COVID-19 impacts Butler professors

Multiple faculty members have tested positive for COVID-19 over the last few months. Collegian file photo.


Labored breathing, mental fogginess and horrible headaches are only a few symptoms experienced by those who have contracted COVID-19. For Terri Carney, a professor of Spanish, these were the worst to deal with. Carney and her husband both tested positive for COVID-19 in March 2020.

“I was in bed for a full two weeks,” Carney said. “He [Carney’s husband] recovered more rapidly, but we had these recurring symptoms. Like, you would think you were better and then suddenly four days later you would have a mild fever… the symptoms would just cycle… We quarantined for much longer than two weeks because we didn’t feel it was safe, personally, because we weren’t 100%.” 

While COVID-19 remains a prevalent issue around the nation, students, faculty and staff on Butler University’s campus have been advised to continue following CDC guidelines and the mask mandate.

In Carney’s case, her husband works in the health sector, and he was able to get tested. 

In regard to teaching while working through illness, Carney said she was thankful that the worst days of her sickness lined up with spring break.

“The good news is the whole week of spring break was my main week in bed with the terrible organ pains, the internal pains were incredible…that whole week I was in bed so I didn’t really need to do anything,” Carney said. “The second week I wrote to my class and luckily I had everything organized on Canvas already just for normal classes, so I just kept them up the second week, and by the time I was feeling better, I didn’t really miss that much of a beat.” 

Although Carney was able to remain on top of her classes, there have been other faculty members who have not been able to do the same. Amanda Weiderman, a junior mechanical engineering and economics double major, said her advisor had COVID-19 at the beginning of the semester and has been unresponsive since. 

“I kind of ran into a problem with one of my classes because I’m an engineering student, so I take classes through IUPUI, and I was having trouble on the IUPUI side…A week before classes started, I emailed her saying ‘hey, my classes aren’t working,’” Weiderman said. “I got one email from her, and then I didn’t hear from her for two weeks. And then I would get one email and not hear from her for two weeks. So I kind of got frustrated with it and contacted the director of my program…and he said ‘oh yeah, she has COVID.’”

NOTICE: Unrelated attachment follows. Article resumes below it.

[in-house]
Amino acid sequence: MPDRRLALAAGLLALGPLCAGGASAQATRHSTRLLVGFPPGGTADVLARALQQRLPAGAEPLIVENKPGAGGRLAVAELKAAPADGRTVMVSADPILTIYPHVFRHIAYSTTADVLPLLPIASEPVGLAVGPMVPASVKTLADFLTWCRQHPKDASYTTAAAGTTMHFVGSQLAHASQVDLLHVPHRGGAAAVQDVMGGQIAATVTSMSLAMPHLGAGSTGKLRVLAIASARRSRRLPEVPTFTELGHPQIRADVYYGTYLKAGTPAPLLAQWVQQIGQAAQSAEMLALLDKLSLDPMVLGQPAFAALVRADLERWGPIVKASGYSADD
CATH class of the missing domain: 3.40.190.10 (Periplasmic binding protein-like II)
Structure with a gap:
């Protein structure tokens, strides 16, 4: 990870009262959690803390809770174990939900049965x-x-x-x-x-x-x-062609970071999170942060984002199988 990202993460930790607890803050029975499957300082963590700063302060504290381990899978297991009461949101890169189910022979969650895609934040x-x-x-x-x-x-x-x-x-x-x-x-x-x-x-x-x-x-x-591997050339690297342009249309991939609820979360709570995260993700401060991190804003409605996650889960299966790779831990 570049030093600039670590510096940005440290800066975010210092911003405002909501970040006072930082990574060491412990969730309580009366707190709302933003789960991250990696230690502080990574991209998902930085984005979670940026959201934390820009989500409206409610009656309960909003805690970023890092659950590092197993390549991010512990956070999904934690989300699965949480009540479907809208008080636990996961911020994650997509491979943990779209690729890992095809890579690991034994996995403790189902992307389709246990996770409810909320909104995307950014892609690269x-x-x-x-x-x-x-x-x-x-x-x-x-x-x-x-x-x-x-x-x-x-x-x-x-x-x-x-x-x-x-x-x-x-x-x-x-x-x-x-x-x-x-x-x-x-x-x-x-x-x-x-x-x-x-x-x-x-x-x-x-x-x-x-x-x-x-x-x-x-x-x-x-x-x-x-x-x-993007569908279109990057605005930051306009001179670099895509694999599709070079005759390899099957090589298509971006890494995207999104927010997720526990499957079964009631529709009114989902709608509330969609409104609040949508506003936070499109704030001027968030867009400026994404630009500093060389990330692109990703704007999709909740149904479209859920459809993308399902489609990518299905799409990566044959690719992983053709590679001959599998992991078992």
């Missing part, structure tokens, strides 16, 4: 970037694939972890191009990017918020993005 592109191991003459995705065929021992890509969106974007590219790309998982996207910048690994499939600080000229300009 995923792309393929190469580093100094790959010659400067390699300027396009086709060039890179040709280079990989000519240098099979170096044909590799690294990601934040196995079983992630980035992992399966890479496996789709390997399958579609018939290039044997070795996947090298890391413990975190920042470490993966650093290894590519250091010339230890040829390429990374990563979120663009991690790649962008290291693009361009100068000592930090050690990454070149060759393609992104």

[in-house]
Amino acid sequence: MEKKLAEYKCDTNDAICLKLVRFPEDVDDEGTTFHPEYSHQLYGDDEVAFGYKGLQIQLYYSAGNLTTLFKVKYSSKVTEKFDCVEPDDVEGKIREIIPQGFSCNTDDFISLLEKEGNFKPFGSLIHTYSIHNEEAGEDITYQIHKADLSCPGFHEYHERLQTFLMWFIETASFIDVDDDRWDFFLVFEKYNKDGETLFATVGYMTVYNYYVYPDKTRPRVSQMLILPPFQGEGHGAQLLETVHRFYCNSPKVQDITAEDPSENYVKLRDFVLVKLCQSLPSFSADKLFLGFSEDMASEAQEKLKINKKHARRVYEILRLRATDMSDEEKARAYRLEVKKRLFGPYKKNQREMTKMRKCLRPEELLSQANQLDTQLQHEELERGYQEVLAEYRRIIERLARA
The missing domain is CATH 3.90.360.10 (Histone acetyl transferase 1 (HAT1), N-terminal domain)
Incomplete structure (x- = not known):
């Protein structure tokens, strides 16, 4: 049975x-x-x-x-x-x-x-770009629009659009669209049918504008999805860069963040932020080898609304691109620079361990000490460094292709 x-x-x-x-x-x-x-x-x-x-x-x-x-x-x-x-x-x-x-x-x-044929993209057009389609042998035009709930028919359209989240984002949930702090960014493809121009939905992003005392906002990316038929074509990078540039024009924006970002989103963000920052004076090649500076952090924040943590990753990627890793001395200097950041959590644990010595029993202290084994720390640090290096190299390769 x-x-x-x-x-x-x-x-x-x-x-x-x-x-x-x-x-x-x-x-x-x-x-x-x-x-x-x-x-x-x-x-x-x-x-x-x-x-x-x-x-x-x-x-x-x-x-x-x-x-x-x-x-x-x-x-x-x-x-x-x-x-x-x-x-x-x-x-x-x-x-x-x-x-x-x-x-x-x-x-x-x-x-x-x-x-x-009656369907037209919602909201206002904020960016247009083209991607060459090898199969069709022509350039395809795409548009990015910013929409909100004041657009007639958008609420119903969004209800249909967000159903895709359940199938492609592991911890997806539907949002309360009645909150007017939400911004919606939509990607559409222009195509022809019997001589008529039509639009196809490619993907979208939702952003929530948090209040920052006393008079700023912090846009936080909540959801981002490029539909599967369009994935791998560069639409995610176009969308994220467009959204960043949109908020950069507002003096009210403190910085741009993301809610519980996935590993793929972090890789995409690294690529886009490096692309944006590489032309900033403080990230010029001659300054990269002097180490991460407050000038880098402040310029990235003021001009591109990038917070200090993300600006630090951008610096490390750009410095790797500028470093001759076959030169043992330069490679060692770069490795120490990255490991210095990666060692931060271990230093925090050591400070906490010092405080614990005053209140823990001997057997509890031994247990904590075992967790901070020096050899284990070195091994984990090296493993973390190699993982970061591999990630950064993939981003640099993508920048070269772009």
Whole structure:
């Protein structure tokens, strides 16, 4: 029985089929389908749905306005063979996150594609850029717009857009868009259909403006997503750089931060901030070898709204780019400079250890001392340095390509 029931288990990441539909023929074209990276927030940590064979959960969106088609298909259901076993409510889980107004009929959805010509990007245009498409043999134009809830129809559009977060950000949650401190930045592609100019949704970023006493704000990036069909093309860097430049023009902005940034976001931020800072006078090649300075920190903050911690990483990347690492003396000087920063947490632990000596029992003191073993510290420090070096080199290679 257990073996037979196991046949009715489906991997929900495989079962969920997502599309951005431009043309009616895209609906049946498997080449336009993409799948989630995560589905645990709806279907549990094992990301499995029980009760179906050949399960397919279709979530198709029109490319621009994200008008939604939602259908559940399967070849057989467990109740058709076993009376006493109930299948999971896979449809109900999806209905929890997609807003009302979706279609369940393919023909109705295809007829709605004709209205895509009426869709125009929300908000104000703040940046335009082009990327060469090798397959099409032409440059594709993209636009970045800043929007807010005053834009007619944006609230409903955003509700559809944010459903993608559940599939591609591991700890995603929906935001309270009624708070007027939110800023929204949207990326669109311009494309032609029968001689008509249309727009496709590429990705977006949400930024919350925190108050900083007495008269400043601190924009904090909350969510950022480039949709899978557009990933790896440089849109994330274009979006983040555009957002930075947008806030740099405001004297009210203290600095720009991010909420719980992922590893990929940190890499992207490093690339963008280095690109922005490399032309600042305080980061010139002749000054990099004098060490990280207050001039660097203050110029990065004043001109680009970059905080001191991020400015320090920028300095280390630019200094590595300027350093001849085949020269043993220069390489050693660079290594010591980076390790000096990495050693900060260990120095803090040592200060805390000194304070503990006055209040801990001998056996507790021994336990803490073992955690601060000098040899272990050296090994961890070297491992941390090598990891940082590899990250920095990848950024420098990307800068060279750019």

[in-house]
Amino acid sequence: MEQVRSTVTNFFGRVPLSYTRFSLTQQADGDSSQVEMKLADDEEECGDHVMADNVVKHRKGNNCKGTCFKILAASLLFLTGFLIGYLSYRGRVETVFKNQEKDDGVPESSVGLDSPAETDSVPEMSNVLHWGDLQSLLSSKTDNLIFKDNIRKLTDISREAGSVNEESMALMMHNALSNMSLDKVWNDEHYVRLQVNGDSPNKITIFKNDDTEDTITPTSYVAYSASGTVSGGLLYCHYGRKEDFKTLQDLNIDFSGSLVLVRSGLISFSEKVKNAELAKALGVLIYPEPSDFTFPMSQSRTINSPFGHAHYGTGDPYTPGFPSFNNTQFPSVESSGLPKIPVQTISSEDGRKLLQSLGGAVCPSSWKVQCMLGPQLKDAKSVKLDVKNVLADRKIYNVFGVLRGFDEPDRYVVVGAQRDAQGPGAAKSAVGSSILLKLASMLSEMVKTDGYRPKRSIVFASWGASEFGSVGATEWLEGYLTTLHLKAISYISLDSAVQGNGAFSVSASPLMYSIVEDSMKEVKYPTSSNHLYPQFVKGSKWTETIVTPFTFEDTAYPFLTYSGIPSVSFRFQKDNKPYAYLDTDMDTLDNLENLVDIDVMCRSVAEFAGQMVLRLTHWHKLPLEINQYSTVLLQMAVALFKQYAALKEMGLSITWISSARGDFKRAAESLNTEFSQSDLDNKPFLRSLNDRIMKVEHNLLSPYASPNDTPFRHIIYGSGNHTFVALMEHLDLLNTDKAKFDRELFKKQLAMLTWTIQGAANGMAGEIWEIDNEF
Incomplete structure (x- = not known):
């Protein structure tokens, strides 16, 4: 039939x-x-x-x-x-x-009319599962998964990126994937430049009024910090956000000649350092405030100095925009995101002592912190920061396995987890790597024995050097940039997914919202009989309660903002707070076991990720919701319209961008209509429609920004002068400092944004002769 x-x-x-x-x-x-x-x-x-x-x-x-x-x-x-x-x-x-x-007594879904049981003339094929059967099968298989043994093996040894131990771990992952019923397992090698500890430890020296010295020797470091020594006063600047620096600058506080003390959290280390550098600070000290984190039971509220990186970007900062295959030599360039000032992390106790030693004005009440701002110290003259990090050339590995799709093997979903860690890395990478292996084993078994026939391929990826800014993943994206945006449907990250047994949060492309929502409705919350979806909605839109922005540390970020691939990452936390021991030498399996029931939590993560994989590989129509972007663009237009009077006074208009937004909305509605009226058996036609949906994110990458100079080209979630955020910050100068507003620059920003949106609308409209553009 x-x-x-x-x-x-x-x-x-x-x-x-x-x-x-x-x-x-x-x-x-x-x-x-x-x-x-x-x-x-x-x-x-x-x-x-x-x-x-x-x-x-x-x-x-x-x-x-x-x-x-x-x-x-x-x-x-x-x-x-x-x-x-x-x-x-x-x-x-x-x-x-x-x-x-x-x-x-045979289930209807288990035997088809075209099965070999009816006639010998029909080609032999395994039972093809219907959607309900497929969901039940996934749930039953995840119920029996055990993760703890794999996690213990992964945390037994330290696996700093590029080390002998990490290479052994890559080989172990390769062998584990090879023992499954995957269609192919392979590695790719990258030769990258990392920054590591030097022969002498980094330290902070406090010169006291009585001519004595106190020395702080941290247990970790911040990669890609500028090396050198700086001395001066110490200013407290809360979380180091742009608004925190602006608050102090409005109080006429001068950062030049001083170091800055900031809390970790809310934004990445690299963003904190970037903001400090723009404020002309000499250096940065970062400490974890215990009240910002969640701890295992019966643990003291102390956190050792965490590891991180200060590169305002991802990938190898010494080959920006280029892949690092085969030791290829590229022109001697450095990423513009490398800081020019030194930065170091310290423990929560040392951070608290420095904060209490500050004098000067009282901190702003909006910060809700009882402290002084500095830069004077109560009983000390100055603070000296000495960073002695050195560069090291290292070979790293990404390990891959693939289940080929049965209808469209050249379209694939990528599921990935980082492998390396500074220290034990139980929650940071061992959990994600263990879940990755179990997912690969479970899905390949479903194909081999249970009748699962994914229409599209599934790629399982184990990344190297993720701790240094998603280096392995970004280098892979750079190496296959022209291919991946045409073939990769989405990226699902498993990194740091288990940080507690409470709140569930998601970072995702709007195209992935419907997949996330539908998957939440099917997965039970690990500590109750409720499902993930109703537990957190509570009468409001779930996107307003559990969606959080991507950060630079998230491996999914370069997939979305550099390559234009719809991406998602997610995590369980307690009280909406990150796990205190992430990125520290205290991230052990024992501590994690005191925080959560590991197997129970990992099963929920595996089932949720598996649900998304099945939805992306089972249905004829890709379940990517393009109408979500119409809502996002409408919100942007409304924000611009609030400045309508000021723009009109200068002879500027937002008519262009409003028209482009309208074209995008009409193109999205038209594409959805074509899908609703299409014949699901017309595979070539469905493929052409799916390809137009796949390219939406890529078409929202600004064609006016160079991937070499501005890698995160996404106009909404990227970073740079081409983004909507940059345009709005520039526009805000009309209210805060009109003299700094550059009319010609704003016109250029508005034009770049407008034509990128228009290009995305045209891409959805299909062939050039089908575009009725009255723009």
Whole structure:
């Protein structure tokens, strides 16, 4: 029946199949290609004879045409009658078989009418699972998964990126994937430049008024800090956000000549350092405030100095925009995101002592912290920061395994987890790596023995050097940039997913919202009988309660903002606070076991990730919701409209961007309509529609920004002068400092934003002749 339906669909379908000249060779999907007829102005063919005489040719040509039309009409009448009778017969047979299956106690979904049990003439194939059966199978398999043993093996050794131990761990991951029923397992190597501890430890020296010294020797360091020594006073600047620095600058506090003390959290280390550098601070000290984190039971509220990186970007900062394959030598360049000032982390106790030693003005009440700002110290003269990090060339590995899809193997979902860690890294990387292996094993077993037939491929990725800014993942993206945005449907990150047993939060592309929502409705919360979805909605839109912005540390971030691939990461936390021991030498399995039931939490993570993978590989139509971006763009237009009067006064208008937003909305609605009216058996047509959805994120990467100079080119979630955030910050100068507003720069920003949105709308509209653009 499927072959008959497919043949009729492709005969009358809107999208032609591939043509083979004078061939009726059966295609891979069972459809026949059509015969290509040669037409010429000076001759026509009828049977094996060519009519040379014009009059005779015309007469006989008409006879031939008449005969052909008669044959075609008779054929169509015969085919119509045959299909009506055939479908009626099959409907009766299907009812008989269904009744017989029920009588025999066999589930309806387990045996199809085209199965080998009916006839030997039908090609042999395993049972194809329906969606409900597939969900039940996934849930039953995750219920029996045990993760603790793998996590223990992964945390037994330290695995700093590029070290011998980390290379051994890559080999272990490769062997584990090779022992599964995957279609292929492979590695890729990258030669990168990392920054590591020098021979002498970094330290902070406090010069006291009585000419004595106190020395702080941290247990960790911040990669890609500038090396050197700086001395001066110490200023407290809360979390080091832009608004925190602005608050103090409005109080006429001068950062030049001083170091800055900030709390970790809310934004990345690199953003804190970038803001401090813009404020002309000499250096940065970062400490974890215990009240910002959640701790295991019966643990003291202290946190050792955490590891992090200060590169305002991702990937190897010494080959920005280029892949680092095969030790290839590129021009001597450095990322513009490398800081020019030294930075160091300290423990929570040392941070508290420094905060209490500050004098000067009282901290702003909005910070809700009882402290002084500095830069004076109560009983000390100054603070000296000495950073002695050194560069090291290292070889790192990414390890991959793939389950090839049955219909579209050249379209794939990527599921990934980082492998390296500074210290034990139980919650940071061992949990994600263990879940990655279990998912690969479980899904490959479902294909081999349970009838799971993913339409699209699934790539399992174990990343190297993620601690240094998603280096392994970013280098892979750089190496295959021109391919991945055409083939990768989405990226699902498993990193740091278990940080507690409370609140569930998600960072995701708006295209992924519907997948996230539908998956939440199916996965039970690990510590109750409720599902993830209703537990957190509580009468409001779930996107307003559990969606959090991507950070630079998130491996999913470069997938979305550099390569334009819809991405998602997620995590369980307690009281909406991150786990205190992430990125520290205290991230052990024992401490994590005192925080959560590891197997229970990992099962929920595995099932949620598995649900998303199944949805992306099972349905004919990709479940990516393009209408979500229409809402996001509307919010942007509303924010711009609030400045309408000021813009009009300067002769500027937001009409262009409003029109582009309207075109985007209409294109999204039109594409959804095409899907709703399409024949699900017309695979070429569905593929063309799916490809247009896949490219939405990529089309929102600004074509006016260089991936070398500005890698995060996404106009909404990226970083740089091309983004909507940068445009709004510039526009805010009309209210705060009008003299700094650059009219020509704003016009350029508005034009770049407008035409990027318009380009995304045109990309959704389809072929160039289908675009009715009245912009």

Weiderman said her advisor sent out an email the week of Oct. 12 about advising, but that this was the first email that she and other advisees had received from her all semester.

“She handles everything,” Weiderman said. “So, for the one person that you can go to if you have an issue, to be out for that long… we were all very frustrated.”

Although Weiderman understands her advisor’s other responsibilities are important, she feels like her advisor’s university role is not getting the amount of attention it deserves. As for scheduling for this upcoming spring, Weiderman is not expecting much help.

“At this point, I’m prepared to just figure it out if I need to figure it out by myself because she obviously has not been dependable…,” Weiderman said. “It’s definitely been very frustrating, especially in the beginning because it was taking time out of my day every day to try and contact her, and all she had to do was send an email back. That’s all I needed. But she never did. So, it made everybody else’s life 10 times more difficult.”

Despite the challenges, professors and students are adapting to health and safety precautions. Hilary Buttrick, interim dean for the Lacy School of Business, said in an email to The Butler Collegian that she can see how hard everyone is working to get through this semester together.

“I’d say we all feel the same COVID fatigue that the rest of the country is feeling,” Buttrick said. “But by and large, students, faculty and staff have put forth an extraordinary effort to follow safety protocols such as social distancing, mask-wearing and hand-washing… I have seen faculty work hard to adapt their classes and find new ways to connect with students, and I have seen students adapt to new methods of teaching and learning.”

The professor and student relationship has been altered this semester, as everyone has to consider the potential dangers to their health. However, Carney explained that having COVID-19 before this semester started did not scare her away from returning in person.

“I think people who have had COVID have a little bit of this sense of — perhaps — false security that it’s very unlikely that we will get it again,” Carney said. “I felt like I needed to do in-person classes because, again, I’ve had it so I feel like I’m sort of safe. So I thought, it’s better to let other people do the online option and I’ll go ahead and do the face-to-face.”



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